I am constantly in awe over how much more of my province I need to see, even after living here for 24 years. I’ve lived on the west coast, the south-central region, and on the Avalon Peninsula…and I still find myself researching new things to do. From the northern peninsula to the Trans-Labrador Highway (tentatively planned for summer 2011), it’s astounding how much this unpopulated province has to offer.
My latest obsession? Exploring the abandoned towns that were victims of the Resettlement act in the 50s, 60s, and 70s. The last few nights I’ve been up until 2 a.m. scouring the Internet for information. The Milltown-Head of Bay d’Espoir Museum has some great info (I’ve lifted some of their photos, hope they don’t mind), and so does Memorial University.
Here’s the story: Premier J.R. Smallwood who led Newfoundland to Canadian Confederation proclaimed that nearly 200 settlements in the province had “no great future” and should be resettled. He wanted all residents to have access to government services, electricity, health care, education, and more. The plan was to move these folks to more “urban” centres where work was readily available, thus diversifying the economy and so on.
About 307 communities were abandoned between 1947 and 1975, relocating 28,000 people. The real result? There was a lack of jobs in the receiving areas, and many people felt they had been forced to leave their homes by pressure from the government and their communities. You’ll often see photos when researching “Resettlement” of people towing their saltbox houses through the water by boat. The majority were not happy with moving. This is an incredibly significant part of Newfoundland history, still reflected in our current culture and “collective psyche.”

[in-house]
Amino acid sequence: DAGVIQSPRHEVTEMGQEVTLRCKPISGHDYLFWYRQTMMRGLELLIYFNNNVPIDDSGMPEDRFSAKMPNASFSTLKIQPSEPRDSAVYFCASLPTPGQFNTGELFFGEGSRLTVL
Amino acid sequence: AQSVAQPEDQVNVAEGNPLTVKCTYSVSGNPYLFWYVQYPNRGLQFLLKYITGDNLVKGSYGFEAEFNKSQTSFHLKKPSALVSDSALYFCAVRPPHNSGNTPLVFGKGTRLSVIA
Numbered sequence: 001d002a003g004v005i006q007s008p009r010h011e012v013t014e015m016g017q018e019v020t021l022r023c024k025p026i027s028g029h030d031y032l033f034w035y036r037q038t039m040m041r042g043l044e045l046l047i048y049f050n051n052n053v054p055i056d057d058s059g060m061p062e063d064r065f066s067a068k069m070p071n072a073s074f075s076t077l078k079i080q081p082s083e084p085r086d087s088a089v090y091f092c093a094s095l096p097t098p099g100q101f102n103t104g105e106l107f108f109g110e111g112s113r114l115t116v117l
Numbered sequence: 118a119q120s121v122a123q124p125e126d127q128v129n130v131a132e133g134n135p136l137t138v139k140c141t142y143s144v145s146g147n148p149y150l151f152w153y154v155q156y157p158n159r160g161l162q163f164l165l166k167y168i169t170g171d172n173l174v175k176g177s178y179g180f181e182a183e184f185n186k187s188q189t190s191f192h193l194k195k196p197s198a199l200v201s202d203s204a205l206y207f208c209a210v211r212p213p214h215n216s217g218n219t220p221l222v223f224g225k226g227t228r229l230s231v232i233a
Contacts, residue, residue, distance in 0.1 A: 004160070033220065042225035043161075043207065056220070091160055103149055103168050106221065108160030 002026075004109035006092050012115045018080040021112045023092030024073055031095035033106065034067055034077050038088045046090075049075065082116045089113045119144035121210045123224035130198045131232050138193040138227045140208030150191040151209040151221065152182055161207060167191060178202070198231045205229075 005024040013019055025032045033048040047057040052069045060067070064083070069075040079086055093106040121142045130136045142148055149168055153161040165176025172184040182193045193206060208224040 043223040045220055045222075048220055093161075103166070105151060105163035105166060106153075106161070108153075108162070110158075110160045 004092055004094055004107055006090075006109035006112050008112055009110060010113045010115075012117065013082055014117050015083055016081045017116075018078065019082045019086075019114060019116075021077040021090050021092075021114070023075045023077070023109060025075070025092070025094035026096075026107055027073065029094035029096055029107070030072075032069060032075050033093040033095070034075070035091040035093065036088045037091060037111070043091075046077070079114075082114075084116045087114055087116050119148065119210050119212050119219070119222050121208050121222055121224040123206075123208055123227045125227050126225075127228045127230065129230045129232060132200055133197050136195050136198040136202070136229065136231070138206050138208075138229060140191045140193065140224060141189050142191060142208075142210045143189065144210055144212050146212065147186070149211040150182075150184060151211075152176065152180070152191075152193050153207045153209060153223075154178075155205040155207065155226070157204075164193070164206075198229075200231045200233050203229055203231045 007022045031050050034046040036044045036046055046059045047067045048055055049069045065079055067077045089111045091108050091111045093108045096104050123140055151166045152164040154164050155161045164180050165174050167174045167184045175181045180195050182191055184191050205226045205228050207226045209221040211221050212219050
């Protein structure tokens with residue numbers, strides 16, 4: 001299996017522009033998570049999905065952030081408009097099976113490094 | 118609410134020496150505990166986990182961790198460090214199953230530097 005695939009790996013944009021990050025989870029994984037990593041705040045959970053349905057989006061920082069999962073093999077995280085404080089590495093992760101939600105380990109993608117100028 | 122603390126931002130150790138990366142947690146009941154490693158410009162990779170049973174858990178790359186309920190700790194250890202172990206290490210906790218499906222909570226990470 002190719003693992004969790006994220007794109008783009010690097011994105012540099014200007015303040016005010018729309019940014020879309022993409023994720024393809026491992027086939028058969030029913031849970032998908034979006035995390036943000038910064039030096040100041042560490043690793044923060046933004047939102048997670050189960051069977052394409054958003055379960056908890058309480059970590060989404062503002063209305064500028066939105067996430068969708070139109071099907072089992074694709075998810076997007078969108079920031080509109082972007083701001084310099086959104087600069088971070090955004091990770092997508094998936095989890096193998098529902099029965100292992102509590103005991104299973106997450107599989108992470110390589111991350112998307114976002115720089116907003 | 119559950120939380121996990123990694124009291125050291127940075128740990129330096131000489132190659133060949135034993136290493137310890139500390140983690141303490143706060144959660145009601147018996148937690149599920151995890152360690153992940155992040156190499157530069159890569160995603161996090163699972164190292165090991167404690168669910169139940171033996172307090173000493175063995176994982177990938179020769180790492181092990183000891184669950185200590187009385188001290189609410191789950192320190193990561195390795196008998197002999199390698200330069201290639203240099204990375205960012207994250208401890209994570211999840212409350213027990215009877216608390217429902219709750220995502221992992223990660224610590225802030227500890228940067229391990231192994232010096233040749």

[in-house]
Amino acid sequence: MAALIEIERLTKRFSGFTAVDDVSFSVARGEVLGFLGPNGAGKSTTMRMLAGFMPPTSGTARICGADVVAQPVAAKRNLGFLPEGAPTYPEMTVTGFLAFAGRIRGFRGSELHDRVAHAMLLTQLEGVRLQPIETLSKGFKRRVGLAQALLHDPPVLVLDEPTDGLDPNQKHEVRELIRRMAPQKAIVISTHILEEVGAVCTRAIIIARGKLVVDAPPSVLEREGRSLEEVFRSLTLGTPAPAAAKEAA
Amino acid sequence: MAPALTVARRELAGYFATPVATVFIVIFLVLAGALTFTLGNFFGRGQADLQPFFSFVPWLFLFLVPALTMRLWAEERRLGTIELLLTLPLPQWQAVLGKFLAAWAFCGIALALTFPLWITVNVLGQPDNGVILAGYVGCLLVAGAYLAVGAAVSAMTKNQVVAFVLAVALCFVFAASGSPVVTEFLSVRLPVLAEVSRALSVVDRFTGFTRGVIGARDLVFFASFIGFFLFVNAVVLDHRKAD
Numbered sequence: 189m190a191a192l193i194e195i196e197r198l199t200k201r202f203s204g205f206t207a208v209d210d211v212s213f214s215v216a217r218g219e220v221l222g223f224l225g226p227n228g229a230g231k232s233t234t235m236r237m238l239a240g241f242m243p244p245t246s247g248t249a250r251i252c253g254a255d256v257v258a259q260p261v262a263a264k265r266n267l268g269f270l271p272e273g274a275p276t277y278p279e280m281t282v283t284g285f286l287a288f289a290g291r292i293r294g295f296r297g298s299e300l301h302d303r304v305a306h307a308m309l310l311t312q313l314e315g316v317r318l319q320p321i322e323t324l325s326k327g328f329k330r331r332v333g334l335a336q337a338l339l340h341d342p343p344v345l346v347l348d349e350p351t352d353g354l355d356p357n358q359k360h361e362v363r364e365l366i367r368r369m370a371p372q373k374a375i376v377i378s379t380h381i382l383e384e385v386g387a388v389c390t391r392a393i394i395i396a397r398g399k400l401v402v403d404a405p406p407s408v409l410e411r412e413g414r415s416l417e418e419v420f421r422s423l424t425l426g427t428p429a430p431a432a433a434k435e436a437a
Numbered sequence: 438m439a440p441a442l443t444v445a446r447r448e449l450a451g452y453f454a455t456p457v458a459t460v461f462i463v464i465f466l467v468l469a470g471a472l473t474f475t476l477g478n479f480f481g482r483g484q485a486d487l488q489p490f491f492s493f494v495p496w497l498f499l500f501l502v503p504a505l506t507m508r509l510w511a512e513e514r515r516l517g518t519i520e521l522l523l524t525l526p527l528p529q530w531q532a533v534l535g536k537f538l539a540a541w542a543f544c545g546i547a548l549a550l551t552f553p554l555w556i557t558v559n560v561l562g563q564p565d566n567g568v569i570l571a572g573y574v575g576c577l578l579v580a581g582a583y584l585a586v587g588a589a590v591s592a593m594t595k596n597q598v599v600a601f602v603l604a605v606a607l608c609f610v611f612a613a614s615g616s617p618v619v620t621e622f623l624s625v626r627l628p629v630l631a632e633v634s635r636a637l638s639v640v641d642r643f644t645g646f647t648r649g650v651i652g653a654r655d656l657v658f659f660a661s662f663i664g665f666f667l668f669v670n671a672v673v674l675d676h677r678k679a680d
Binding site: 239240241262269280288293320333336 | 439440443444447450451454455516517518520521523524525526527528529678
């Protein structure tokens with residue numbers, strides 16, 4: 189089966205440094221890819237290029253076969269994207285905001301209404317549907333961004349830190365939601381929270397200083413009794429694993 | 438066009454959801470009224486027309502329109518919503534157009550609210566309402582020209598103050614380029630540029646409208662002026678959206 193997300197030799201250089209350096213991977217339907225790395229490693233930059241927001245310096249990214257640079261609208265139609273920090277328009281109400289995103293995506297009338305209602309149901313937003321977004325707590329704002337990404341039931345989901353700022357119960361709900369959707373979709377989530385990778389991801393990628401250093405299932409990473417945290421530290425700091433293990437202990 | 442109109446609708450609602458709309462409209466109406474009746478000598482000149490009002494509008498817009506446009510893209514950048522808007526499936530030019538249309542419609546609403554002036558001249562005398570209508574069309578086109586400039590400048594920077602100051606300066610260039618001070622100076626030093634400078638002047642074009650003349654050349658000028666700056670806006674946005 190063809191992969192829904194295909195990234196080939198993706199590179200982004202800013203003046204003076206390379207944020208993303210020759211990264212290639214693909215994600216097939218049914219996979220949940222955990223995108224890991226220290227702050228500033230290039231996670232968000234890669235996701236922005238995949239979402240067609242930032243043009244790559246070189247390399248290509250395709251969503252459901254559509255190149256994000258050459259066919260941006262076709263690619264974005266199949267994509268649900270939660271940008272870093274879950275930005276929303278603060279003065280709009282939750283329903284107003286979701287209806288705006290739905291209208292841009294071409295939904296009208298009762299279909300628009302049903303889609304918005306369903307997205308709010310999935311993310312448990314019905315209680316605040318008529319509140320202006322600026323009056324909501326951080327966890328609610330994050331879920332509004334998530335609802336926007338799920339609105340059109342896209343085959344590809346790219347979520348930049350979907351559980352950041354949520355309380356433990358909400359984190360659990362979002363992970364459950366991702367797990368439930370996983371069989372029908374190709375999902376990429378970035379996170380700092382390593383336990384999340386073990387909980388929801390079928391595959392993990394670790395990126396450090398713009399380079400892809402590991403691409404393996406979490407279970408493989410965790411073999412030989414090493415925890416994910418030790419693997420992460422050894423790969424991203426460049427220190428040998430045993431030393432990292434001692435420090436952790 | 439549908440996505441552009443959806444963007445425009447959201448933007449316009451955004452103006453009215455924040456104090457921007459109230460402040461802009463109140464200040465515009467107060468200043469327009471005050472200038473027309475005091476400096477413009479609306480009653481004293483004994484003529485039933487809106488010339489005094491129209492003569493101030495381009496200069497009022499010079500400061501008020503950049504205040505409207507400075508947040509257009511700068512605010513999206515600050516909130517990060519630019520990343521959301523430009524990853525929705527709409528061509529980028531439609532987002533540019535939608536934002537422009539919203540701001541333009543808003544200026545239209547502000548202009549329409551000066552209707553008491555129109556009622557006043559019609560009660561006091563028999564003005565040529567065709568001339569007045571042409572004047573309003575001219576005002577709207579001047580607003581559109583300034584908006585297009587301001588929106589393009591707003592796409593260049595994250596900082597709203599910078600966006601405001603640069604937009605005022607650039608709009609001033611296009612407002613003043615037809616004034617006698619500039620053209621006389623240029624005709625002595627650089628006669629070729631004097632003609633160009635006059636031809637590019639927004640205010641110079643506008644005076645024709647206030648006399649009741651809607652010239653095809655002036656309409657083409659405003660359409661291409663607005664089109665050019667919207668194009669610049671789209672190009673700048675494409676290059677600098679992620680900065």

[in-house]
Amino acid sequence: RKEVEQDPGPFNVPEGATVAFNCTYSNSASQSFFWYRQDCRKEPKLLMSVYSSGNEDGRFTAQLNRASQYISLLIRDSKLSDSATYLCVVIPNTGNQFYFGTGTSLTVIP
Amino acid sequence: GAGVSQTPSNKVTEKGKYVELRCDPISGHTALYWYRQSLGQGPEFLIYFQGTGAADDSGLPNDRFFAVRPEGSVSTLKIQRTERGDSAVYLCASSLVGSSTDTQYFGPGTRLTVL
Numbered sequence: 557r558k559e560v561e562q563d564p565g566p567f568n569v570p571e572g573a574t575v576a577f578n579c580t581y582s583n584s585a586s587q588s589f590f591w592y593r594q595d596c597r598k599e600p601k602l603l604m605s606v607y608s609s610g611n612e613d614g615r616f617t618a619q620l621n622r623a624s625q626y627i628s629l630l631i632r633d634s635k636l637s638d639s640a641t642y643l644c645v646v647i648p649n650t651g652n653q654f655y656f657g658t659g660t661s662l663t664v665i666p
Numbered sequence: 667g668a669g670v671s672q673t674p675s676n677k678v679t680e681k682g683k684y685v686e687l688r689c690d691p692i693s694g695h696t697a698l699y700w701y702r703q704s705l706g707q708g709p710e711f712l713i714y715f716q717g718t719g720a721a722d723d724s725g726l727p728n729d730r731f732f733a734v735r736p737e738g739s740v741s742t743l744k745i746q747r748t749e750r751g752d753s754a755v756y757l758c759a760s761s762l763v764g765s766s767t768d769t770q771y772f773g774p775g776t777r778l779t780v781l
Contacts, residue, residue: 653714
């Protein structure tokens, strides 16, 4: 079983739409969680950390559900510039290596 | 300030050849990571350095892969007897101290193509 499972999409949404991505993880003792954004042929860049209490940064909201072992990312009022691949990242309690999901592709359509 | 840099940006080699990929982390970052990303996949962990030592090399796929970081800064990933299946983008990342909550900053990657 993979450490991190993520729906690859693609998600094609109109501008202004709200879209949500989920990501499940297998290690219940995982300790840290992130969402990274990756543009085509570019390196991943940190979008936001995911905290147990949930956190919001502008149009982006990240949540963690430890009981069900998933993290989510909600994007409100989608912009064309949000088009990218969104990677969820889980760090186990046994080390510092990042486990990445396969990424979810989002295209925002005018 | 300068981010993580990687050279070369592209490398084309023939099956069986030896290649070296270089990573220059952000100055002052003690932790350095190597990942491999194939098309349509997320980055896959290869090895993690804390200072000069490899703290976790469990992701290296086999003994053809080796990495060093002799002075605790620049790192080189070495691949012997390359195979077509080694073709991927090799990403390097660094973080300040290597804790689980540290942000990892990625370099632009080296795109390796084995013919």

A lot of these communities were located close to where I’m from, in south-central. Dozens of places like Round Harbour, Pass Island, and Muddy Hole have all been carefully documented. Even now, some families head back for reunions, camping out to revive old community spirit. I remember as a kid, my friend’s father took us out exploring in their boat, pausing to pick mussels on a stranded beach and trading ghost stories about people who washed up along the shores covered in expensive jewels. Through a certain pass, we could see headstones left abandoned on a hill.
I cannot imagine the emotion which would have accompanied the act of uprooting from your lifelong home to relocate somewhere strange. As travelers, you might think this is unusual, but for Newfoundlanders, “home” has a definition which transcends all typical archetypes. I mean, I’m still so in love with here that Newfoundland and Labrador Tourism commercials make me weepy. And you can bet that in a community of 200 people, everyone was a part of everyone else’s life. Like a big family.
I also seem to have weird fascination with decaying and falling-down houses. It’s my high school inner-goth just screaming to get out, I think. My goal is to one day hire someone to sail me around to some settlements where old buildings still stand, camping out under stars, so I can photograph and tell a story. So yeah, who wants to fund my endeavours?
[Feature photo of suspension bridge at La Manche, another abandoned community on the Avalon.]